Welcome back to the London Underground quiz! How are you doing so far? Today it’s the turn of the Northern line.
The Northern line has a lot of history. Its origins lie in the City & South London Railway which, when opened in December 1890, was the world’s first deep-level ‘tube’ railway.
As ever, answers can be found at the bottom of the page. Best of luck and stay well.
The Northern line: Questions
Pictured above is James Henry Greathead. His invention- the ‘Greathead Shield’- made it possible to tunnel the City and South London line much deeper than the capital’s earlier ‘cut and cover’ lines.
Where in London can you find a statue dedicated to this genius engineer? And a bonus point if you can name the country in which he was born!
Q2. What rather unsettling nickname was given to the first carriages used on the City and South London Railway?
The diagram above represents the route of the City & South London Railway as it appeared on opening in 1890.
There were originally six stations. The five listed are still open and now served by the Northern line. However, the original City terminal was abandoned long ago… what was that station called?
Other sections of the Northern line have their roots in the Charing Cross, Euston & Hampstead Railway which was established in 1890.
The finance for this scheme was masterminded by a controversial American businessman who is pictured above. Can you name him?
Q5. What is the name of the partially built station which lurks between Golders Green and Hampstead? Note; there are two possible answers here. You can have either its official name or its nickname. Two points though if you can identify both!
‘Nightingale Lane’ was once suggested as a potential name for which station?
From which 1981 film is the above clip taken? And at which station is the action taking place? There’s one point for each of those you get right, and a bonus point if you can name the actor shown!
Q8. At which Northern line station would you find the Archer sculpture?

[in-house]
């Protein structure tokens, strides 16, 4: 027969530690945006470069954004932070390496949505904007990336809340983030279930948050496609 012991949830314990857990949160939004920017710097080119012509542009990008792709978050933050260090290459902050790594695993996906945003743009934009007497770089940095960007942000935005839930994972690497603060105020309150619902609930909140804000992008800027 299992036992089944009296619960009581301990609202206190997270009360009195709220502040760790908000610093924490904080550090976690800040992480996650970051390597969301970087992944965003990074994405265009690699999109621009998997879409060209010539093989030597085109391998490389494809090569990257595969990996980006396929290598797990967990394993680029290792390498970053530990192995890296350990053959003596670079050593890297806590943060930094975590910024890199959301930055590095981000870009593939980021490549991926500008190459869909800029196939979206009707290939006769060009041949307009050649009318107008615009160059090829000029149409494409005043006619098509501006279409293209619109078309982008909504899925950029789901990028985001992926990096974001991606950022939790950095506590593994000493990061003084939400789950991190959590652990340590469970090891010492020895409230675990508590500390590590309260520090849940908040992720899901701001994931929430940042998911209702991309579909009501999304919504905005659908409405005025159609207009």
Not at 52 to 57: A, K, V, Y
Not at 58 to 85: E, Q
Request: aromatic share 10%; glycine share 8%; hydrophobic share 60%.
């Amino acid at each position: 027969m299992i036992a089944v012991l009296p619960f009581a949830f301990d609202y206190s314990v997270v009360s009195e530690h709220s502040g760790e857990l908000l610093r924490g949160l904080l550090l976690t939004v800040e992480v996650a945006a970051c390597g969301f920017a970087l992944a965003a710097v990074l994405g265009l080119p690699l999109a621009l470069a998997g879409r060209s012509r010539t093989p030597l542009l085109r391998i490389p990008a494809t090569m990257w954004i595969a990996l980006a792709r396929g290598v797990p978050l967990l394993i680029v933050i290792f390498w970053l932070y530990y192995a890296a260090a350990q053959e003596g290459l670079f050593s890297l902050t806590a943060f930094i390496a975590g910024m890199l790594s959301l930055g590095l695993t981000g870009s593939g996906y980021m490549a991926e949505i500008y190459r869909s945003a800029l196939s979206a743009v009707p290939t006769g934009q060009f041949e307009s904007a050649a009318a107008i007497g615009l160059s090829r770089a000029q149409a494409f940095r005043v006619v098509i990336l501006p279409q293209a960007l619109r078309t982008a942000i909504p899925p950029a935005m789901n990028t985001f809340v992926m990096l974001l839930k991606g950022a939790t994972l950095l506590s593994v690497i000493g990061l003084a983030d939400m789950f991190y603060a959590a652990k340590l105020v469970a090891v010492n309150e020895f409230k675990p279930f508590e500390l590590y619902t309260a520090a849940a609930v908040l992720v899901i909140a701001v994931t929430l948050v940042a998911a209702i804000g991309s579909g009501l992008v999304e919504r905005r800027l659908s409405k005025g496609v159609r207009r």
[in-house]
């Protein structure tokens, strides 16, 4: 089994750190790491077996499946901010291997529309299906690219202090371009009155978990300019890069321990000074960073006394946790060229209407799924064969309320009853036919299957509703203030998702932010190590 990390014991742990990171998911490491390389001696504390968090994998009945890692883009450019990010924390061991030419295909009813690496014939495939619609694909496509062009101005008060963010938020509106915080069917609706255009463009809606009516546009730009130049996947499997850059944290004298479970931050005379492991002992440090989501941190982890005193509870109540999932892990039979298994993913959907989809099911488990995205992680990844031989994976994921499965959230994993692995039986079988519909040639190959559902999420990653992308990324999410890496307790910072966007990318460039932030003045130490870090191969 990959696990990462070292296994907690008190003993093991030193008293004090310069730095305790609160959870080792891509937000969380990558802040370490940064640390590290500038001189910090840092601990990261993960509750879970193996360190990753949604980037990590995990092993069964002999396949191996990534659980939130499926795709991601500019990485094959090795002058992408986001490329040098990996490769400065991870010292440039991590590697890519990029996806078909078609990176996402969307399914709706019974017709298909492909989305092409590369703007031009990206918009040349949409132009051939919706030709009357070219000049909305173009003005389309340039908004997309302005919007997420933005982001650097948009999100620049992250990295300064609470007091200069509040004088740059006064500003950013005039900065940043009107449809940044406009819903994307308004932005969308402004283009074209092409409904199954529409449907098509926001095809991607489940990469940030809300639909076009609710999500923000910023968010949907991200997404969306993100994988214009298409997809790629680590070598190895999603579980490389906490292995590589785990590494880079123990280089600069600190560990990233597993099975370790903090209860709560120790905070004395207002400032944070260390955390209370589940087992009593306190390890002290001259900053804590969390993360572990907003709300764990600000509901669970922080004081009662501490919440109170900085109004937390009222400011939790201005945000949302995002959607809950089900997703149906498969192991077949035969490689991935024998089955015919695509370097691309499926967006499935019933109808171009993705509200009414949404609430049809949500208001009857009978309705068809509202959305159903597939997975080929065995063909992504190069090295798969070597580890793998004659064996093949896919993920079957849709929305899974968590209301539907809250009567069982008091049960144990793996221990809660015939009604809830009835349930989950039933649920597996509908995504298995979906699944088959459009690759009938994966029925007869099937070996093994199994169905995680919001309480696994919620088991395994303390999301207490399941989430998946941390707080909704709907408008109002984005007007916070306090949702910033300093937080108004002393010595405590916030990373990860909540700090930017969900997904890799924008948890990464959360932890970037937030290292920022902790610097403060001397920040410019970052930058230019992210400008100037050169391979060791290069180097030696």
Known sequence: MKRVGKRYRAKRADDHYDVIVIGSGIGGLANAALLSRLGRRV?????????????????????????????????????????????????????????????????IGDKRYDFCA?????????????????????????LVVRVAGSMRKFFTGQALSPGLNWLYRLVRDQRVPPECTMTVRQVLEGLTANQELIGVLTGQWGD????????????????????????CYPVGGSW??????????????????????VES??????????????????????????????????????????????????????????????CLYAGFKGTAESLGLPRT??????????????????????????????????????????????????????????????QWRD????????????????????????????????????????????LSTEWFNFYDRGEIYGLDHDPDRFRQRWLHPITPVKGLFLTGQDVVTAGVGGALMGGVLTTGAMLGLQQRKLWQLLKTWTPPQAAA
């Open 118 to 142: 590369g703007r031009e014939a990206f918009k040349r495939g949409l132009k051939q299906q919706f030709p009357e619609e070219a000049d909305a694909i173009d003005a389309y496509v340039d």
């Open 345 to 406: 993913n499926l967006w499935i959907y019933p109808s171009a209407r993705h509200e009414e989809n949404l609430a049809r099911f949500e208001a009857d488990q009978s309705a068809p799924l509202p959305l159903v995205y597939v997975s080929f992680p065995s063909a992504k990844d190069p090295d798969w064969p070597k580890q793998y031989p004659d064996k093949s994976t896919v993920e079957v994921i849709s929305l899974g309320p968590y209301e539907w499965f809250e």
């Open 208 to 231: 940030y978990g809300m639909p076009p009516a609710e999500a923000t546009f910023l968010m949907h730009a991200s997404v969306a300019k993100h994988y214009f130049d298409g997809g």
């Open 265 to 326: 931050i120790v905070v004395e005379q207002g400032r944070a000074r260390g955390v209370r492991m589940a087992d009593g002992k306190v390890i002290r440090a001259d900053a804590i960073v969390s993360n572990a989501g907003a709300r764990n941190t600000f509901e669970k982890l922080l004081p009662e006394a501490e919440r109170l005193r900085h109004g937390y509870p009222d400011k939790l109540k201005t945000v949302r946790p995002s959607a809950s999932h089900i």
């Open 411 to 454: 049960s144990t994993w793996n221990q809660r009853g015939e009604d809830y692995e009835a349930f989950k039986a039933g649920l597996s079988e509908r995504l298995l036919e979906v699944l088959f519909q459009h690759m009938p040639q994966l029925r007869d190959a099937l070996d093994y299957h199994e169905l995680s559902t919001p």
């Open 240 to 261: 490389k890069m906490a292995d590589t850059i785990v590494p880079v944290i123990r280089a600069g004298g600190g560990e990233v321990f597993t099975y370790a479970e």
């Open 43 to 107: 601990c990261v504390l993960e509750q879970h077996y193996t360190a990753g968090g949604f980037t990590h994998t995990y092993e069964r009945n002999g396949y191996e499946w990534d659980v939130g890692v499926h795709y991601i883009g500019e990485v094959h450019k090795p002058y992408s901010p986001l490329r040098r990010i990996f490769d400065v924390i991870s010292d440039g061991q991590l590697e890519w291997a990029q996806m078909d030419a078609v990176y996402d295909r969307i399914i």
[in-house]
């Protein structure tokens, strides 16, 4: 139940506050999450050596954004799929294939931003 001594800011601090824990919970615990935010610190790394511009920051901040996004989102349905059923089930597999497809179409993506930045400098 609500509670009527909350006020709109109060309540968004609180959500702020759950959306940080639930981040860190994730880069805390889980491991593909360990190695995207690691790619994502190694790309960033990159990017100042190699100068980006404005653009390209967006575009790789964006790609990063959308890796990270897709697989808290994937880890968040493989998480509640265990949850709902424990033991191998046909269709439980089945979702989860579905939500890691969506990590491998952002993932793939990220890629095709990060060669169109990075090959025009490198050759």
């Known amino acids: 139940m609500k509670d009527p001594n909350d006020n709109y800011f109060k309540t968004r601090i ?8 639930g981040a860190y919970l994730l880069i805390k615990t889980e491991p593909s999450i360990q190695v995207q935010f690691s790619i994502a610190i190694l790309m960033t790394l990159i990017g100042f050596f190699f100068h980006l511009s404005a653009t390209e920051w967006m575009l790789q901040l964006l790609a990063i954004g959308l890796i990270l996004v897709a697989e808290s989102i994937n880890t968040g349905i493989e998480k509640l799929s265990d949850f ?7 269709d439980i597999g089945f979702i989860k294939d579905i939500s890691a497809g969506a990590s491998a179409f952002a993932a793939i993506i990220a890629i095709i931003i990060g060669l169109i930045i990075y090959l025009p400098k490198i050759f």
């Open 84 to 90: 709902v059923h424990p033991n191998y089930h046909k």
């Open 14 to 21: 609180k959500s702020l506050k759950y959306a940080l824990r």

Q9. In the 1920s and 30s, architect Charles Holden designed many tube stations. Outside which Northern line station can you find a pub named in his honour?
In 2007, Norwegian daredevil Peter Olenick zipped down a Northern line escalator on skis! At which station was this audacious stunt carried out?
Q1: The statue of James Henry Greathead can be seen on Cornhill, outside the Royal Exchange/Bank station (you’re ok to have a point for any of those locations). Greathead was born in South Africa.
Q2: Early carriages on the City & South London line were nicknamed ‘Padded Cells’. This was due to their tiny windows and high cushioned seats.
Q3: The original City terminal of the City & South London line was King William Street. It closed in February 1900.
Q4: Charles Tyson Yerkes. This shady- but extremely interesting- figure was born in Philadelphia. Before coming to London, Yerkes played a major role in developing mass-transit in Chicago. He is sometimes referred to as the ‘Traction King.’
Q5: The unfinished station was to be called ‘North End’. Work was abandoned in 1906. Its nickname is ‘Bull & Bush’ after the popular ‘Old Bull & Bush‘ pub which stands close by.
The site of North End is in fact the deepest point on the entire tube network and in the 1950s the abandoned works were converted into a nuclear shelter.
Q6: Nightingale Lane was a name suggested for Clapham South. North Balham was also proposed. Which of those names do you prefer?
Q7: An American Werewolf in London. The station shown is Tottenham Court Road and the actor is Michael Carter. After alighting from the tube his character does not last for very long!
Q8: The Archer sits above East Finchley station.
Q9: The Charles Holden pub is located opposite Colliers Wood tube station.
Q10: Angel station- the escalator which Peter skied down is the longest in Western Europe. The authorities were not very happy…
So, how did you find those questions? Please let me know in the comments and if you enjoyed this quiz I’d be delighted if you could share it with your friends!
Thank you so much for playing. Be sure to come back tomorrow for our fifth quiz…the Hammersmith & City line.
In case you’ve missed any of the previous quizzes, click below to give them a go!